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By Barry Joseph
When we began the badge development process at Global Kids, we focused heavily on “global”-badges, which is to say badges which could work across the institution. We looked at our organizational¬†Outcomes & Indicators, and developed a process for analyzing nearly four dozenletters of recommendation. While that process continues, and is bearing fruit, a parallel process has moved faster and may be proving more productive: developing “local”-badges, or program-specific badges.

Today we had our first meeting (dare we say of our fourth badging group – the Badge Betas?) of the four summer projects which will beta test the program over the summer. There are two 2-week long digital media-based programs, a 3-week long intensive camp at the Council on Foreign Relations, and a four week trip to Kenya. We developed templates for creating badges – one for any individual badge and one for the constellation of badges that are to found within any one Global Kids program (and tied to the “role badge” earned in the process), designed to produce something like this:

Using the templates, each program went off to develop their constellation (and save the development of those particular badges for later). After an hour each group had a well-developed but idealized list of badges for their program. Some of the badges were specific to their program and others could be generalized to offer relevance to their and other GK programs.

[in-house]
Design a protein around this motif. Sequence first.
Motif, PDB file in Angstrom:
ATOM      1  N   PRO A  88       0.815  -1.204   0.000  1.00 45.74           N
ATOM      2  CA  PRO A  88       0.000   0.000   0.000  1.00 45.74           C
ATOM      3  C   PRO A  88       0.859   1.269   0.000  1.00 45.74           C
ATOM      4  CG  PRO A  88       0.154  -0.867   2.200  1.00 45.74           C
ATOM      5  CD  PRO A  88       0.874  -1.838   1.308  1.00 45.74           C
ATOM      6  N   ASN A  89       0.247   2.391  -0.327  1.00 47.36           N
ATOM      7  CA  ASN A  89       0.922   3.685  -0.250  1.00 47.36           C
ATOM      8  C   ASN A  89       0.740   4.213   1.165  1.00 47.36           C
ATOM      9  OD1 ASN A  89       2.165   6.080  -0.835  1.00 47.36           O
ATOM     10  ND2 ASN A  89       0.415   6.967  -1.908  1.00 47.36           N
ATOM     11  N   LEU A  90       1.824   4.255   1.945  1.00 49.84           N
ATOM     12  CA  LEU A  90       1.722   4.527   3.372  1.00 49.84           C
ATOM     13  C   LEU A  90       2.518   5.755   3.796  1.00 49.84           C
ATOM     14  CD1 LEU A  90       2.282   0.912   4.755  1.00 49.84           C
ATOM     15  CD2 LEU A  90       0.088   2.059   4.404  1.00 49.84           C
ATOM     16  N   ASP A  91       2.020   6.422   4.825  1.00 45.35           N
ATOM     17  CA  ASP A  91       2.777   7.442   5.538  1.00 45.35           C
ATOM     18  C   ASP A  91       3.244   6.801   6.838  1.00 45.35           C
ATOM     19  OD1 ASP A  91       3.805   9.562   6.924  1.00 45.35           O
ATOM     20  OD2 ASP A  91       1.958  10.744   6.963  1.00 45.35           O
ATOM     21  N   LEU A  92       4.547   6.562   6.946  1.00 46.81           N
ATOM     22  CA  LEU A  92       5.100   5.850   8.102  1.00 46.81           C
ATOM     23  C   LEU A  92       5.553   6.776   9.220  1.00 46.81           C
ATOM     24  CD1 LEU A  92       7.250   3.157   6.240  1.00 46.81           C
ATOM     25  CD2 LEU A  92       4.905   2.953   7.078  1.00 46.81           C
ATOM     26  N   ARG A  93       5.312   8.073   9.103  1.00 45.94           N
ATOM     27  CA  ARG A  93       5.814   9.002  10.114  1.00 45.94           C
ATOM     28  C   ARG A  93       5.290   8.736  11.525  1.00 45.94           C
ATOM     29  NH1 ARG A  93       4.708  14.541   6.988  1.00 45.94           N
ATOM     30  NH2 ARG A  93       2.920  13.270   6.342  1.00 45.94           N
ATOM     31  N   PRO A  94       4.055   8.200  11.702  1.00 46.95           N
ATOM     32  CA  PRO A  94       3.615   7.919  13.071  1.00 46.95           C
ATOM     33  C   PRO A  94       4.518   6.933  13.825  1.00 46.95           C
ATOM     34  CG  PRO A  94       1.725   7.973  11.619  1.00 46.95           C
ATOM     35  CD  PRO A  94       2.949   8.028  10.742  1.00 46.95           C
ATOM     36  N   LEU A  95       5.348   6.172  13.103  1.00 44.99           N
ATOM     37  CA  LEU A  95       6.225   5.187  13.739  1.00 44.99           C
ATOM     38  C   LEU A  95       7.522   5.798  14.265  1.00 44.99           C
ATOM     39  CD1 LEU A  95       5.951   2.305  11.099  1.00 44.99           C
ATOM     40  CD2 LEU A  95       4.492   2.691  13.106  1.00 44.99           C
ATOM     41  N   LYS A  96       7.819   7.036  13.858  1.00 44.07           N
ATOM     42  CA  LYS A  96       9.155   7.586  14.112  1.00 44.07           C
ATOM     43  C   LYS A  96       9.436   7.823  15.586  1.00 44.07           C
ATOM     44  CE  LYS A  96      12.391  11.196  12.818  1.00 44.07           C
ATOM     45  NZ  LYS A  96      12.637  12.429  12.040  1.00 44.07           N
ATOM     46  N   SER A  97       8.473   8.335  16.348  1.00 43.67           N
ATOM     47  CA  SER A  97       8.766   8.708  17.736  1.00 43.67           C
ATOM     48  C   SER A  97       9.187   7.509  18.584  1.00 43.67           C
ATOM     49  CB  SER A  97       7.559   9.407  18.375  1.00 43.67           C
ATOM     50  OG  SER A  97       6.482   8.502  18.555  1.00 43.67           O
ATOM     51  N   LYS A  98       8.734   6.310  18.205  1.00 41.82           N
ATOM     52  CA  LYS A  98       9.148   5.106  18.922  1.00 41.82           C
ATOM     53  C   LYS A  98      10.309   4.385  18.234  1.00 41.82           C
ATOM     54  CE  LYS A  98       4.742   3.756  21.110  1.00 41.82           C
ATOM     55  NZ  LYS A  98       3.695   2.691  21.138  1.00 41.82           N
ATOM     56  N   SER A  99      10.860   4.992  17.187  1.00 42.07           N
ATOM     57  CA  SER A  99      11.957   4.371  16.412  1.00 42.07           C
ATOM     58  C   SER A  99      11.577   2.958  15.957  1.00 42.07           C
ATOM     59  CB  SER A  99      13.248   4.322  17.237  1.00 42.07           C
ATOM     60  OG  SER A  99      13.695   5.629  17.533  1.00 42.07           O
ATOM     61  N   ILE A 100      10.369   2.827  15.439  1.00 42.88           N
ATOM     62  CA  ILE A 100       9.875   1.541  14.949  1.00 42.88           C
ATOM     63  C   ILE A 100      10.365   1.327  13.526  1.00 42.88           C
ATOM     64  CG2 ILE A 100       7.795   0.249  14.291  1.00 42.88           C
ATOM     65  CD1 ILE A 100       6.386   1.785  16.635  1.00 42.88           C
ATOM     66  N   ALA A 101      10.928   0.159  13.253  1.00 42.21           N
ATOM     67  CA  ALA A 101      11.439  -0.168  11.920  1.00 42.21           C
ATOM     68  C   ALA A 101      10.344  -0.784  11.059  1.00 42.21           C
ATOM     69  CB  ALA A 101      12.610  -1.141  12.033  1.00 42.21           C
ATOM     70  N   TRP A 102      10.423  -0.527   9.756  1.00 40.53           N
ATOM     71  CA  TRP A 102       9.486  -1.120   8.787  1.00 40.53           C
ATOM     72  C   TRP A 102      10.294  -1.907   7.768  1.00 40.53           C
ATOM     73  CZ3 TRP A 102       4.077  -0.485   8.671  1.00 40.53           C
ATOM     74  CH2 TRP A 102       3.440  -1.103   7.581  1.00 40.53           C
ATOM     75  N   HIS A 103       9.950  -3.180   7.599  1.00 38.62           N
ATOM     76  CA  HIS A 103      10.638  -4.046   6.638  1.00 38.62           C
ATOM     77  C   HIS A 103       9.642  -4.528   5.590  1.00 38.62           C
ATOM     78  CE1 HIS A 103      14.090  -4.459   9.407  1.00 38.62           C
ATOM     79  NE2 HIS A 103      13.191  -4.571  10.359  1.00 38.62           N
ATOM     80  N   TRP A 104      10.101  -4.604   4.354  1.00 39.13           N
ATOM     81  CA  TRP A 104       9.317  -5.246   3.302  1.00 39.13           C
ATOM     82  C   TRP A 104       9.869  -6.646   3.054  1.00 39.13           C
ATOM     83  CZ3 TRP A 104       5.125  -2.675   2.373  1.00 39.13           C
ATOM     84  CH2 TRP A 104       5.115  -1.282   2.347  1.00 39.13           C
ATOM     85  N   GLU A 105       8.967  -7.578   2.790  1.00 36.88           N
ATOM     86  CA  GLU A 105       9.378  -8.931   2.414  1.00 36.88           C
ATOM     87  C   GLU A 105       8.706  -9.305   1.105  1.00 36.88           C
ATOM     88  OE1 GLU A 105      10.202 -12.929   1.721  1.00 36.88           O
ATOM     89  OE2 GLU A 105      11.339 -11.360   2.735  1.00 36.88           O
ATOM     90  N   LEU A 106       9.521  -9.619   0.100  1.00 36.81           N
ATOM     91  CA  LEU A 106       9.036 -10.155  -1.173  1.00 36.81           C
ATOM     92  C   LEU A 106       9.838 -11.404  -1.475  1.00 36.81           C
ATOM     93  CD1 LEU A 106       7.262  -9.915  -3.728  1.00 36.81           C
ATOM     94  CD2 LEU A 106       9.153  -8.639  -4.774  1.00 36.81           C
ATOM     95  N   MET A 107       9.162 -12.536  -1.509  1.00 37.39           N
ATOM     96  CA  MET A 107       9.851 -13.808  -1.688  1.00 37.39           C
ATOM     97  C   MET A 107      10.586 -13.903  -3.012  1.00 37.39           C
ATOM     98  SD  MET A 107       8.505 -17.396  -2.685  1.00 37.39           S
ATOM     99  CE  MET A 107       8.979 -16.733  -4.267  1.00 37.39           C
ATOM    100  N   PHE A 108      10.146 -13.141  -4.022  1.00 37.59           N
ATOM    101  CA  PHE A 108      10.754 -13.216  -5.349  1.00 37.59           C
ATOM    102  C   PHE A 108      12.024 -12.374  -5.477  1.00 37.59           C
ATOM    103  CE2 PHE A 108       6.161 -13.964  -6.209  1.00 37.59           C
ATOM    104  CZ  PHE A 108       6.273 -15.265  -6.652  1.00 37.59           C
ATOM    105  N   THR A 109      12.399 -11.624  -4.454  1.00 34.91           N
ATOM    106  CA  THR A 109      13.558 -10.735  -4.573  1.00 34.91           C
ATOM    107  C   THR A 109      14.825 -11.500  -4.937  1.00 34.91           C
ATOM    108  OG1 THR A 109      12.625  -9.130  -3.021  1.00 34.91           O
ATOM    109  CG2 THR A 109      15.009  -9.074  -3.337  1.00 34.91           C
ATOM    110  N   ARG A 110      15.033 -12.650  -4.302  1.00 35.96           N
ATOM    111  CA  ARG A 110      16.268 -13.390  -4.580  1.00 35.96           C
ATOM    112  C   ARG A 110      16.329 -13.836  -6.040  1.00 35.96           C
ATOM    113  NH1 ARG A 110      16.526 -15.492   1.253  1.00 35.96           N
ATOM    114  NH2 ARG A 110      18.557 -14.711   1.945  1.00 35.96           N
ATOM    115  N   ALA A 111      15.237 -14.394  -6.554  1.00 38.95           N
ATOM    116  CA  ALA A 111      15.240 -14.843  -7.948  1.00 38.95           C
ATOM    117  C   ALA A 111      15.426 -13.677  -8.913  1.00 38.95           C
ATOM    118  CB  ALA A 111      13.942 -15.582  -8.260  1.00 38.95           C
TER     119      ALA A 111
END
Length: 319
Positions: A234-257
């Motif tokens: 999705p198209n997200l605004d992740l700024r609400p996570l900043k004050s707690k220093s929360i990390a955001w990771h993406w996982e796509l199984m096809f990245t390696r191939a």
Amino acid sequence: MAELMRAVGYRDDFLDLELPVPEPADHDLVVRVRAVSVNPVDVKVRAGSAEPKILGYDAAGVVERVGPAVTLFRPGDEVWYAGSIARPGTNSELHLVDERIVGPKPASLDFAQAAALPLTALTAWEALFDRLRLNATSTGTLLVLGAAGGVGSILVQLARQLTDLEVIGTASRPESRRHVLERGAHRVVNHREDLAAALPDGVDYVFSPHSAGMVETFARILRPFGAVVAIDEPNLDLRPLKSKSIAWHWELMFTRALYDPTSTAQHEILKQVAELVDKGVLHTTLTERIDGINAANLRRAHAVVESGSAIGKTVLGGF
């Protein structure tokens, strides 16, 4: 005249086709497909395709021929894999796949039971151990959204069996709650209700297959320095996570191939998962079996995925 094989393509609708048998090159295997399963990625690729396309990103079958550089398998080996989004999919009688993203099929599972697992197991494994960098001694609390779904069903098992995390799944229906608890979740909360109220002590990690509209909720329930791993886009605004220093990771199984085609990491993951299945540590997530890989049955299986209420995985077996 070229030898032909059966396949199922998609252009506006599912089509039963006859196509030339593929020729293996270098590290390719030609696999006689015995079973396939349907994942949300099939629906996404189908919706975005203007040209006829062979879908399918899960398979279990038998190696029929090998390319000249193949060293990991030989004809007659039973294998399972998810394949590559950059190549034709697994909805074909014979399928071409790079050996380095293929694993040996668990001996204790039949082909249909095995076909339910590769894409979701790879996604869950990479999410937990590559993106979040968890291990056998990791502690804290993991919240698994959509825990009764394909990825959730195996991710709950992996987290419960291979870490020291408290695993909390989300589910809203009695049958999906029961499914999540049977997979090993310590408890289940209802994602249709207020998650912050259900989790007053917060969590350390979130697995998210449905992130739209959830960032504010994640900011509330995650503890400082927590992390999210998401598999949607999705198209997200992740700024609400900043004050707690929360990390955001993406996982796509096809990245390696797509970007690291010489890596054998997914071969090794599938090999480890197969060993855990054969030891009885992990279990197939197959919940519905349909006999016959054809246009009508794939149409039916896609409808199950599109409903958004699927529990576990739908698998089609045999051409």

For example, the animation program wanted a badge for taking inspiration from a professional animator. That was generalized to something like the “Standing on the Shoulder of Giants” badge, in which the mission, when used for this summer program, will challenge the youth to list an animator who inspired them. However, the same badge can be used for the program at the Council on Foreign Relations, with a mission localized for their program, e.g. “To discuss one of the program speakers who inspired them and explain why.” Same badge, different missions.

It became clear that, as an overall direction, we want to have as small a number of badges as possible, by globalizing their use, but as many missions as we like, localizing their youth. We need to make sure the badges are clear and specific (otherwise we have squished too much together) and that the missions assess equal levels of related achievements so the badge can maintain validity across programs.

So while today’s meeting was aimed at developing project-specific badges it also helped us develop, in a very concrete and practical way, badges that can provide global value across the organization.

When we next meet we intend to refine our program’s badge ecology (most were too robust to develop in time for and run during rather short summer programs) and note what other badges we can globalize and share across our programs. The next steps after that is to identify the 8 characteristics we need for each badge and then move them over into LearningTime’s Badgestack system.

Two trainers, both rather new to GK’s badging process, had this to report about today’s process: “Thinking about the upcoming program in terms of badges is informing how we will shape the program,” “This helps me to reflect on last year’s program and the educational goals for this year,” and “This will give youth tangible things to let them know they are on the right track, rather than us having to tell them over and over when they are not.”

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